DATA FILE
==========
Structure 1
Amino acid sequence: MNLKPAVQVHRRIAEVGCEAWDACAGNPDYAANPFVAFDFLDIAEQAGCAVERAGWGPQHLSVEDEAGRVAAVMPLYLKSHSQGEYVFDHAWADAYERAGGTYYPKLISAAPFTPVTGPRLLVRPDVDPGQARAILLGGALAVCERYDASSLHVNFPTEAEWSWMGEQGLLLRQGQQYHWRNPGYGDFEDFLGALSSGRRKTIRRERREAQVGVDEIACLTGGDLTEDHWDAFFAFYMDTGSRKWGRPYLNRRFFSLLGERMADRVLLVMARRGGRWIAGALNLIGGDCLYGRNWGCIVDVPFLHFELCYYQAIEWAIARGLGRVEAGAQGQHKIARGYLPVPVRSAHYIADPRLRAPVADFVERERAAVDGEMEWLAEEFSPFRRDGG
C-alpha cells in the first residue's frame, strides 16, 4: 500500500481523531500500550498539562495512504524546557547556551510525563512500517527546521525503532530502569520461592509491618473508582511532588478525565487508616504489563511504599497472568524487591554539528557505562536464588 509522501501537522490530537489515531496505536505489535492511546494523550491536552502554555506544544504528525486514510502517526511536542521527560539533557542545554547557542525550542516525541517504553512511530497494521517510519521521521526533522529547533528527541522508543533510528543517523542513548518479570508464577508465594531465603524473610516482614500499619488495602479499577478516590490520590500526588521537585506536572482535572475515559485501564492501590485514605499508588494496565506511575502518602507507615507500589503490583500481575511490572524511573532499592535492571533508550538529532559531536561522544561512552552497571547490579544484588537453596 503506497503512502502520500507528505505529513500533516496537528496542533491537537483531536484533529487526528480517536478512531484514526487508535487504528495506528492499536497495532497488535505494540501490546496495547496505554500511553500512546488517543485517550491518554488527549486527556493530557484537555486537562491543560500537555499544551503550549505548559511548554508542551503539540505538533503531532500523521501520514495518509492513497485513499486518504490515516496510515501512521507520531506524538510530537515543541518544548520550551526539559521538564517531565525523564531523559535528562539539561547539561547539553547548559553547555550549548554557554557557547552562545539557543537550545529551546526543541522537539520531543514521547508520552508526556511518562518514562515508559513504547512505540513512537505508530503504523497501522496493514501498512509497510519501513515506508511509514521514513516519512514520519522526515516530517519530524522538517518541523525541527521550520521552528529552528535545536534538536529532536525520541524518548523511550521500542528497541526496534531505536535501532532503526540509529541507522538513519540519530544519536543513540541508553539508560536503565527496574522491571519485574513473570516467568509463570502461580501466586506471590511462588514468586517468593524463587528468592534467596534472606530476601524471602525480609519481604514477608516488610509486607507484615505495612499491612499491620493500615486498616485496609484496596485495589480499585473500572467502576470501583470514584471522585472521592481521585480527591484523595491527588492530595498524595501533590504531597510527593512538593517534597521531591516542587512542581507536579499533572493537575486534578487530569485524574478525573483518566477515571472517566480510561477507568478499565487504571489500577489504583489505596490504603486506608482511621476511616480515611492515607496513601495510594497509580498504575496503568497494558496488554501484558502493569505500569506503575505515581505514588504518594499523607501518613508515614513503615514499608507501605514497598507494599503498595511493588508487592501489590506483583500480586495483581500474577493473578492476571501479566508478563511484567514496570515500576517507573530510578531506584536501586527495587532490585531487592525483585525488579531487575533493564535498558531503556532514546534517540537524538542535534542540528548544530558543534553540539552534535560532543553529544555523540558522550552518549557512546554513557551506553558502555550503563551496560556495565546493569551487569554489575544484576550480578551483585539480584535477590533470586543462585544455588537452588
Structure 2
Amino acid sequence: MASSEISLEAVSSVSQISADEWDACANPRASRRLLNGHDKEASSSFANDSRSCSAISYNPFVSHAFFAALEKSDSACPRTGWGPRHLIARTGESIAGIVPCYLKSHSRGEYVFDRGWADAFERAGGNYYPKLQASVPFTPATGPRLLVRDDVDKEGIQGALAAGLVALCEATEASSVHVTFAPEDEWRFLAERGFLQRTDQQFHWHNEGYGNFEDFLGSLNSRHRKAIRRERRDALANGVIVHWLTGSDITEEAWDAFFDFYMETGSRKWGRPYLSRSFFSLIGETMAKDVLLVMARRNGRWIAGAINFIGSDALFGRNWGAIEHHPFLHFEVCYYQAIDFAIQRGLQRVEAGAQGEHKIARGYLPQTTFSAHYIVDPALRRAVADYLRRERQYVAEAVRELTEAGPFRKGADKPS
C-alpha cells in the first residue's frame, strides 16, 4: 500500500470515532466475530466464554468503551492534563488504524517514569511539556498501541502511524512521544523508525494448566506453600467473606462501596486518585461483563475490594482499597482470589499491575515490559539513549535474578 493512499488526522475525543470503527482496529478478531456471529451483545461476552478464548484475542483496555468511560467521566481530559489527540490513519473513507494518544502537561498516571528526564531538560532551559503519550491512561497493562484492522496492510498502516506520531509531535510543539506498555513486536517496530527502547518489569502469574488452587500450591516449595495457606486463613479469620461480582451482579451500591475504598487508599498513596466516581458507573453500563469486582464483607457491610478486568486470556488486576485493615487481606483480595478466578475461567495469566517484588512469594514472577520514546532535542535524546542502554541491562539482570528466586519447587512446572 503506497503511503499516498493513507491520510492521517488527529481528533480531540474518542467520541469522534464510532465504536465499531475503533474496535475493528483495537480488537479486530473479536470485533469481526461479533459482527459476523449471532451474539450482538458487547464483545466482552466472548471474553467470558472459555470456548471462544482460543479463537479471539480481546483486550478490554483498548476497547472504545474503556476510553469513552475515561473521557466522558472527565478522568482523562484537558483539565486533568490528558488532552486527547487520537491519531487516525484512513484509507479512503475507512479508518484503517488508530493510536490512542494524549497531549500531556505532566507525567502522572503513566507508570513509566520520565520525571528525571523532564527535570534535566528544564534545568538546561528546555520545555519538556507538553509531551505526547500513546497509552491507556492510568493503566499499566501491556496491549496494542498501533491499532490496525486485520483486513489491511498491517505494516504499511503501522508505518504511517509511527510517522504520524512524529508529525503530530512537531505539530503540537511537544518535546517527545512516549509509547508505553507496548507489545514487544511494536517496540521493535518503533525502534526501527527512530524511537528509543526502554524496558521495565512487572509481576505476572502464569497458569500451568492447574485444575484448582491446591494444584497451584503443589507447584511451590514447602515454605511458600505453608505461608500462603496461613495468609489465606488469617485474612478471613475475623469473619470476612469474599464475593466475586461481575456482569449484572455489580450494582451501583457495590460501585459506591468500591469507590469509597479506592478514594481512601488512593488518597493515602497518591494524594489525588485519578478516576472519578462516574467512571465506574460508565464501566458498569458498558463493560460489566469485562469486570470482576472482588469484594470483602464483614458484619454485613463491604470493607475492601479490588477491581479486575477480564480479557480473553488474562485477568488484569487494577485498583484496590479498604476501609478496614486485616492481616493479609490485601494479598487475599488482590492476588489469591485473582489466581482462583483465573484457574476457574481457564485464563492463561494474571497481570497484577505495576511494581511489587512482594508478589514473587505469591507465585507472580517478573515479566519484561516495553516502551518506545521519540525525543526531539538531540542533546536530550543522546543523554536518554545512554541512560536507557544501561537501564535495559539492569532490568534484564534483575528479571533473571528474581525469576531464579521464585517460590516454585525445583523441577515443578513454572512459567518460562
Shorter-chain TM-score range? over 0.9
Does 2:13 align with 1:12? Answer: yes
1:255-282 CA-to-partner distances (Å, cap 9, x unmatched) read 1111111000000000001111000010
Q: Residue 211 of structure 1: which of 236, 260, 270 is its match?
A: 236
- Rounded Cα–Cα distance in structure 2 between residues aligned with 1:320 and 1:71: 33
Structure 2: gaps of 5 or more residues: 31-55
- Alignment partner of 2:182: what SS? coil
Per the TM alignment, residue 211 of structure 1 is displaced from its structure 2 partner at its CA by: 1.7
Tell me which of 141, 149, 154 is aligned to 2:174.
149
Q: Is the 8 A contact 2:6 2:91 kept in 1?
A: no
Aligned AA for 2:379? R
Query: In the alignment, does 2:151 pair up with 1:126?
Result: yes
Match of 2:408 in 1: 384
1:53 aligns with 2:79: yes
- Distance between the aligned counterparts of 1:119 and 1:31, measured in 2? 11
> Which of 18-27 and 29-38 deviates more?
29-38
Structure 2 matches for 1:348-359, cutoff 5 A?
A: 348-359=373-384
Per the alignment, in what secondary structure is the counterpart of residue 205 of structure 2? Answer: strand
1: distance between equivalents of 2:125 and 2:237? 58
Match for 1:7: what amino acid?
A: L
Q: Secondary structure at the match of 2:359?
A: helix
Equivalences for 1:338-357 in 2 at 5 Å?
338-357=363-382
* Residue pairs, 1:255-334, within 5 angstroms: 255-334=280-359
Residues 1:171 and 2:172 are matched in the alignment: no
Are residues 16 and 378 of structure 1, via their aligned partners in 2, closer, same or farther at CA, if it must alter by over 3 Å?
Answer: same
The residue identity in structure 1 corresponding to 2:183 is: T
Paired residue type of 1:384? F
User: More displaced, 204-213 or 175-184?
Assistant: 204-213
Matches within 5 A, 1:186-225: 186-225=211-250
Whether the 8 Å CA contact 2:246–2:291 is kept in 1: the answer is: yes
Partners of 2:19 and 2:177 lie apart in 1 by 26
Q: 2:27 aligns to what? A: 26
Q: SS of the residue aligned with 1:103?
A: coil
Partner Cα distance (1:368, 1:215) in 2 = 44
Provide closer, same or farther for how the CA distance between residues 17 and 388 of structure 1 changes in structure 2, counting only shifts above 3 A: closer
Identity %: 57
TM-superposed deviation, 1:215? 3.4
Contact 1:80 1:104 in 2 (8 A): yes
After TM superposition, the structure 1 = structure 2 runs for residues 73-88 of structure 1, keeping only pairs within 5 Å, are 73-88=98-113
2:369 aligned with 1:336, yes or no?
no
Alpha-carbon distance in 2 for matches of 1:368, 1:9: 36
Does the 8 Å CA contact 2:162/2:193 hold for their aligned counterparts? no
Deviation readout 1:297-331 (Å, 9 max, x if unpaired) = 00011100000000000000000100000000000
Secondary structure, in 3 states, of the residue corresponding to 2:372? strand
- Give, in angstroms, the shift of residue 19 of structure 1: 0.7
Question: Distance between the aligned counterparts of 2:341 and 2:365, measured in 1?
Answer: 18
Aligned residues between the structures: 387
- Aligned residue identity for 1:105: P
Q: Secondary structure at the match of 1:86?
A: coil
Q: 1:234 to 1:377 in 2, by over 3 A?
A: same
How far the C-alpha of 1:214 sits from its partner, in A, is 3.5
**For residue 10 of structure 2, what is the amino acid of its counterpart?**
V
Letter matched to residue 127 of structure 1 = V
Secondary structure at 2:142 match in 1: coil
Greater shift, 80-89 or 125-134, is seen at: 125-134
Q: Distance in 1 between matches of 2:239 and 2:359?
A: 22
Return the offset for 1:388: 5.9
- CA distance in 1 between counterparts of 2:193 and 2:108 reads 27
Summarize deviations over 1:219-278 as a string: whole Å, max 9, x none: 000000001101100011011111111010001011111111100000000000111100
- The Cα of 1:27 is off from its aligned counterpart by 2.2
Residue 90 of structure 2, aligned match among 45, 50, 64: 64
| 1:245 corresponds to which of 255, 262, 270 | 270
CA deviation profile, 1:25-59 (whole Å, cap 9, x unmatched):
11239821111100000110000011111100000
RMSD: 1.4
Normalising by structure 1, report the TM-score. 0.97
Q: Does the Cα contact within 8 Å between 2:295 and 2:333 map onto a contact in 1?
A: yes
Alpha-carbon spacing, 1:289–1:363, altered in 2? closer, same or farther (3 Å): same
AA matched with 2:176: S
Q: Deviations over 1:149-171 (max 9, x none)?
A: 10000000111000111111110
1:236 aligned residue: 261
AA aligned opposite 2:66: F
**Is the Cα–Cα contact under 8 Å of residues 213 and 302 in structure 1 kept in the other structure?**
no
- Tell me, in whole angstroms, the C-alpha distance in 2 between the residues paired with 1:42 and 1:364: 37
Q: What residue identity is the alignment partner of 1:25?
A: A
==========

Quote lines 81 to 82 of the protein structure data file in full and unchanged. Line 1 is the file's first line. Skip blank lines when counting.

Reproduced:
Return the offset for 1:388: 5.9
- CA distance in 1 between counterparts of 2:193 and 2:108 reads 27